Malaysia Food and Drink

Malaysia is not just a melting pot, it is a cooking pot, blending culinary influences from as far away as Europe, China and India. The national cuisine shares obvious similarities with Thai and Indonesian food, but Malaysian cooking has its own unique specialities, based on exotic spices, chilli, ginger, lemongrass, lime leaves, coconut milk and peanuts.

The Indian and Chinese communities have their own traditions – be sure to sample mamak cuisine, imported to Malaysia by Tamil Muslims. Traditionally served at street stalls, mamak dishes can be sampled at nasi kendar (rice and curry) canteens across the country. Western food is popular with younger Malaysians, and Thai and Korean restaurants are found in most parts of the country.

Restaurants offer table service - Chinese food is usually eaten with chopsticks, while Indian and Malay food is eaten with the fingers or with Western cutlery. Although Malaysia is predominantly Islamic, bars and restaurants in larger cities serve beer, wine and spirits. In tribal areas of Borneo, look out for tuak – traditional rice wine.

Specialities

Nasi lemak (rice steamed with coconut milk, served with dried anchovies, sambal, peanuts and eggs) is the national dish, found absolutely everywhere.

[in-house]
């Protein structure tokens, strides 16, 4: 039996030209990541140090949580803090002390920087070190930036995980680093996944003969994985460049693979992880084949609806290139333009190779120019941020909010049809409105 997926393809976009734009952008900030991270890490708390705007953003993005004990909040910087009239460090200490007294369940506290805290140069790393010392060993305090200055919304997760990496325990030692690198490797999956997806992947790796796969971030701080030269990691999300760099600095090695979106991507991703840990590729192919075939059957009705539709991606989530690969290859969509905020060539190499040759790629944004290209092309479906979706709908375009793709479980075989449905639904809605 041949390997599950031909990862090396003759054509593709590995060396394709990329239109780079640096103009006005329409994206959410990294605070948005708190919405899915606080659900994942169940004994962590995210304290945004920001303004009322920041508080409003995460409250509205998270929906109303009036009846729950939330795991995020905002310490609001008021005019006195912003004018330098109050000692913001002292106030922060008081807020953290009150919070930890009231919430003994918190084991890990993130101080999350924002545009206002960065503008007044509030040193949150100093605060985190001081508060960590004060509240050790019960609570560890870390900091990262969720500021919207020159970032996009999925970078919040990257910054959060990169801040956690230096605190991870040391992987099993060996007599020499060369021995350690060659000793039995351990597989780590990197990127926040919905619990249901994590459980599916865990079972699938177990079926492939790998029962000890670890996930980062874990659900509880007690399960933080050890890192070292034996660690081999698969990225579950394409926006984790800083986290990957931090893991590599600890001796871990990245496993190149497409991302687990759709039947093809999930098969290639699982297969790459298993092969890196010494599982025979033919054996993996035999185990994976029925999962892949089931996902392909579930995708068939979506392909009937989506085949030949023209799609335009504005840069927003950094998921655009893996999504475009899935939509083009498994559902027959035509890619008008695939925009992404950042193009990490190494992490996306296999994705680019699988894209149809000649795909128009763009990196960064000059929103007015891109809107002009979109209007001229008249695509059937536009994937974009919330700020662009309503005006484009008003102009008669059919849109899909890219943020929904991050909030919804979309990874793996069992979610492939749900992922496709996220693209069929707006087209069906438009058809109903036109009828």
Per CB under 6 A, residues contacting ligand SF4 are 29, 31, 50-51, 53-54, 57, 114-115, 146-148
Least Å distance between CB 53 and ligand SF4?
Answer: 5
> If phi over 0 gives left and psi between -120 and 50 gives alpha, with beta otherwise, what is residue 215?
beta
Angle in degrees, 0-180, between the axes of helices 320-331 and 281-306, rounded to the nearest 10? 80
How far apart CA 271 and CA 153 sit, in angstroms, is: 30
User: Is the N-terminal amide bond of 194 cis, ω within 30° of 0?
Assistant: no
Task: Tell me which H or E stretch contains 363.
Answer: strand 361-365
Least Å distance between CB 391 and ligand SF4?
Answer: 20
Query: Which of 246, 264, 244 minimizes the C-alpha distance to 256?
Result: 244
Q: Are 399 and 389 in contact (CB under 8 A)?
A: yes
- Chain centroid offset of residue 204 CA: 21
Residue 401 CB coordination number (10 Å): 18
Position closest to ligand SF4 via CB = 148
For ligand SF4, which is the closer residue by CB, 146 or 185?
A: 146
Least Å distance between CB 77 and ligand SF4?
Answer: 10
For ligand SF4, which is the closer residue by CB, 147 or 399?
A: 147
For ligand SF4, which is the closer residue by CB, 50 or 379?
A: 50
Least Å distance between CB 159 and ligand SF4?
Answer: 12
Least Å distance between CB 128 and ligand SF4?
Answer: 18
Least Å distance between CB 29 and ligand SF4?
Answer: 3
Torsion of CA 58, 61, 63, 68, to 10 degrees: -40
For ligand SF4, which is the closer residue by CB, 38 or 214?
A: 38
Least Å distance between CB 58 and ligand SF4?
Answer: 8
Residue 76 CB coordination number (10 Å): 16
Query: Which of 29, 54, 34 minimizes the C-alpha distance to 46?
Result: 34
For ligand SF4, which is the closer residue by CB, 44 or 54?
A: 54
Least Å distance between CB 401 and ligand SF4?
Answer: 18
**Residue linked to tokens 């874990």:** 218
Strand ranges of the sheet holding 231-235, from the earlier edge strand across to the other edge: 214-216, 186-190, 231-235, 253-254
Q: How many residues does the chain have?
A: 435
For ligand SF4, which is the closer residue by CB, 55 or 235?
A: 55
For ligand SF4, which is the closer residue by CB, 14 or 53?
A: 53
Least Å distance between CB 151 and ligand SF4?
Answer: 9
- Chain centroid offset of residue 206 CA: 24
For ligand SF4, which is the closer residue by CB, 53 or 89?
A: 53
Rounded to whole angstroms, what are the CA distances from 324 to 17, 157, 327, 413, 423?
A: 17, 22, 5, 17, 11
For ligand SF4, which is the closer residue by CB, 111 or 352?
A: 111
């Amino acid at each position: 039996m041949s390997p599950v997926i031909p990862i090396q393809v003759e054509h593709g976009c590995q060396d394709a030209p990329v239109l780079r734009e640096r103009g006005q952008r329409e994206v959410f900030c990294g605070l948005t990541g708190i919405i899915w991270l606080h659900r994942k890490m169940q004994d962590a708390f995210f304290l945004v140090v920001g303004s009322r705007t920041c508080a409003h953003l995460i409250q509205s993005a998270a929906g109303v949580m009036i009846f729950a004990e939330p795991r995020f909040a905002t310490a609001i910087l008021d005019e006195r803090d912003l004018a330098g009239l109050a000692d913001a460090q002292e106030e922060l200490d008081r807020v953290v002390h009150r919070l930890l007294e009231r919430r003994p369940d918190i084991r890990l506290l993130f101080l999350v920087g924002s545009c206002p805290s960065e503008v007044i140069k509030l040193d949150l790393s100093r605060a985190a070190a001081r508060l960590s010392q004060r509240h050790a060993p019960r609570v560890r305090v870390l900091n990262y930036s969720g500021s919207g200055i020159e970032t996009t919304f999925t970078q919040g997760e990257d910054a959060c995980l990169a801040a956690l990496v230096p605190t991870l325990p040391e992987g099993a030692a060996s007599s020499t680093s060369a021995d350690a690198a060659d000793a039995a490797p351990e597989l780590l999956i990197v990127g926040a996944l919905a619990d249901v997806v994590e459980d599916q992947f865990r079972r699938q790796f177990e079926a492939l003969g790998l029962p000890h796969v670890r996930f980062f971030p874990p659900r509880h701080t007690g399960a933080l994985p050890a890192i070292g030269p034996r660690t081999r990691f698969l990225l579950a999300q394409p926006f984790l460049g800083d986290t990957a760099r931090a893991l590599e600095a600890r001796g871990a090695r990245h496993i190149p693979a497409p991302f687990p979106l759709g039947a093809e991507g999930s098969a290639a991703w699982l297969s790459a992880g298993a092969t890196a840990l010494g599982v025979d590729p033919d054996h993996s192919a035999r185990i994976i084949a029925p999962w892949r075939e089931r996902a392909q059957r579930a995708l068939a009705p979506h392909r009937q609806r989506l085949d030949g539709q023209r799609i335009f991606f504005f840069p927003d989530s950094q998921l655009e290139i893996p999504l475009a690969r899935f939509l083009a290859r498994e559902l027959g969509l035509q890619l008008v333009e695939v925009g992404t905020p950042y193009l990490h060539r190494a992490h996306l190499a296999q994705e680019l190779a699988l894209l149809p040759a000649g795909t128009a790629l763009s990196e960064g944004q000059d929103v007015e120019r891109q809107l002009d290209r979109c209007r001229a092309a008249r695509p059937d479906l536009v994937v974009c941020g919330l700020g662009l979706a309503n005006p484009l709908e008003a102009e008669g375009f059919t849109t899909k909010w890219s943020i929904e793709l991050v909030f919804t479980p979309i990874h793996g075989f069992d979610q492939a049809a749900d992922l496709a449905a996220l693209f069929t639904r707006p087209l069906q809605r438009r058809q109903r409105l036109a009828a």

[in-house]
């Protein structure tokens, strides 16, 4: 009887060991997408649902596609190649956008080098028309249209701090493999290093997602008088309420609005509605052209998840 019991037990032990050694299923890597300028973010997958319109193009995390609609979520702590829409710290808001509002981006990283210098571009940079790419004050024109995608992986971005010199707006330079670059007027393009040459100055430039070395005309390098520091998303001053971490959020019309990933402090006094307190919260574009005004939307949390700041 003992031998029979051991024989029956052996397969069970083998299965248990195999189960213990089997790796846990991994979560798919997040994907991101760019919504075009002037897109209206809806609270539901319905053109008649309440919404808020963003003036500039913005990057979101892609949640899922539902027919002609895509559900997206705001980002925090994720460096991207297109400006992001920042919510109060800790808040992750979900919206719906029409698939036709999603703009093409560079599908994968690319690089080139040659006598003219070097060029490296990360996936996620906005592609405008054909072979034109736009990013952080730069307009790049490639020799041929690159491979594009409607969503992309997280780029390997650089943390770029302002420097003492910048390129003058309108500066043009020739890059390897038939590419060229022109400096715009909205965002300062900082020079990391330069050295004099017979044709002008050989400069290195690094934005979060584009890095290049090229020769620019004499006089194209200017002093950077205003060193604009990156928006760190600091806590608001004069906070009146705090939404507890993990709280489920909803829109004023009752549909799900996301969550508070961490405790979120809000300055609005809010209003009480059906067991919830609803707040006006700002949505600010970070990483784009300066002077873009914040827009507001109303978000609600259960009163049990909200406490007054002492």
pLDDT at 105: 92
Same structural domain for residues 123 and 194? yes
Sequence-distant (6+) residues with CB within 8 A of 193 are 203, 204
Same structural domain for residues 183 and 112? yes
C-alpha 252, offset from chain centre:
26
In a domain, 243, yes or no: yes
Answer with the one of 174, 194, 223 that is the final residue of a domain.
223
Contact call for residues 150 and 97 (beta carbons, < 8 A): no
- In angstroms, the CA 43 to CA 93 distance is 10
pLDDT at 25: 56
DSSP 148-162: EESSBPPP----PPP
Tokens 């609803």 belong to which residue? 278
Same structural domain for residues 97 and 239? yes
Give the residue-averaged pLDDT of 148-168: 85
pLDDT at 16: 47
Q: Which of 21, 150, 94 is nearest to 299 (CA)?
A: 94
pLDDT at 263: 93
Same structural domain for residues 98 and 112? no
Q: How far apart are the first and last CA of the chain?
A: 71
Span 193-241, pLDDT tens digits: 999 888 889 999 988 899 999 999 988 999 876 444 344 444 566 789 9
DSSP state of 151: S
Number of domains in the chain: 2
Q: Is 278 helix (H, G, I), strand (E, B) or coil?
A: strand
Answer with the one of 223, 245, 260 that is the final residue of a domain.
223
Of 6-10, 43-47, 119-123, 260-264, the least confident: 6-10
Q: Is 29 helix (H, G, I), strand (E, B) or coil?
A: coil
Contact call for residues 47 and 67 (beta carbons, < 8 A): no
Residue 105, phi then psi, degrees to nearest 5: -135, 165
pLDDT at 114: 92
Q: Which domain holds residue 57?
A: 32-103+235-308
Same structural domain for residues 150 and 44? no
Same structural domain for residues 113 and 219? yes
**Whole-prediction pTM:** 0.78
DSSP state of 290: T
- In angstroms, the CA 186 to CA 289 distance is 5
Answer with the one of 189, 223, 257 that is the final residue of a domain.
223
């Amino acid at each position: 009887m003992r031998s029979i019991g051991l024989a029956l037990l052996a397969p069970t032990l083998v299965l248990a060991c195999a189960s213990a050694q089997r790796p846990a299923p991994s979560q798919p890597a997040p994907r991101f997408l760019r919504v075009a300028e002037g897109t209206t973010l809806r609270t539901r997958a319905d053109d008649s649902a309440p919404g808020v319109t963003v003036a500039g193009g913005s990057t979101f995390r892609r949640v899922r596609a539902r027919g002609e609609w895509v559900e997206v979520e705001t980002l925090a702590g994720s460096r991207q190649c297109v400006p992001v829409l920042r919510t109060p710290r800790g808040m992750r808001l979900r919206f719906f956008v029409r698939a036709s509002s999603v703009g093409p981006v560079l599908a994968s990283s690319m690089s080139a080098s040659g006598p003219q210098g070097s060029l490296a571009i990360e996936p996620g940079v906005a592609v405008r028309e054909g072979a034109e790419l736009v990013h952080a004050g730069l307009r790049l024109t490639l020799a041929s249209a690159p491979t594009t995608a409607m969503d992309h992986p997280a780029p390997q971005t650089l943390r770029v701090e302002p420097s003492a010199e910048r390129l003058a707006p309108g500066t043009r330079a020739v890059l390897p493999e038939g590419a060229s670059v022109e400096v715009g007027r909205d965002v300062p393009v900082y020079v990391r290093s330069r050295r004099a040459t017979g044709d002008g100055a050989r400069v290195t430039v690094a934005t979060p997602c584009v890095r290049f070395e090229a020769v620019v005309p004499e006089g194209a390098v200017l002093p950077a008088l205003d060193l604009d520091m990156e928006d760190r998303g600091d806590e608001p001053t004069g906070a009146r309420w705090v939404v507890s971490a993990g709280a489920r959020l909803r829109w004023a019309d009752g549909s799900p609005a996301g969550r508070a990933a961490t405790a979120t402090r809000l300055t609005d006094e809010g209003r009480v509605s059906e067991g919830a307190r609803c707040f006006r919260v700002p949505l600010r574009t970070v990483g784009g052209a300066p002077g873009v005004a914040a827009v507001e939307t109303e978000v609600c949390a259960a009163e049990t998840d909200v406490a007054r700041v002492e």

Char Kway Teow (a dish of fried rice noodles with meat or fish) is a very popular and cheap quick meal.

Nasi goreng (Malay-style fried rice) is a favourite at street stalls and night markets; it’s a popular takeaway for long bus journeys.

Roti canai (fried flat bread with curry sauce) a delicious and cheap snack served everywhere, best washed down with a strong cup of teh tarik (literally, ‘pulled’ tea).

Rendang daging (slow-cooked beef with lemongrass and coconut) is a rich and satisfying main course, often served at festivals.

Things to know

Table service is normal, and chopsticks are customary in Chinese restaurants. Indian and Malay food is traditionally eaten with the fingers, but western cutlery is generally used. Set lunches, usually with four courses, are excellent value for money.

Tipping

10% service charge and 5% government tax are usually included in bills, and added to the menu prices.

Regional drinks

Locally brewed beers such as Tiger and Anchor.
The famous Singapore gin sling.
Sugar cane juice.

Edited by Jane Duru
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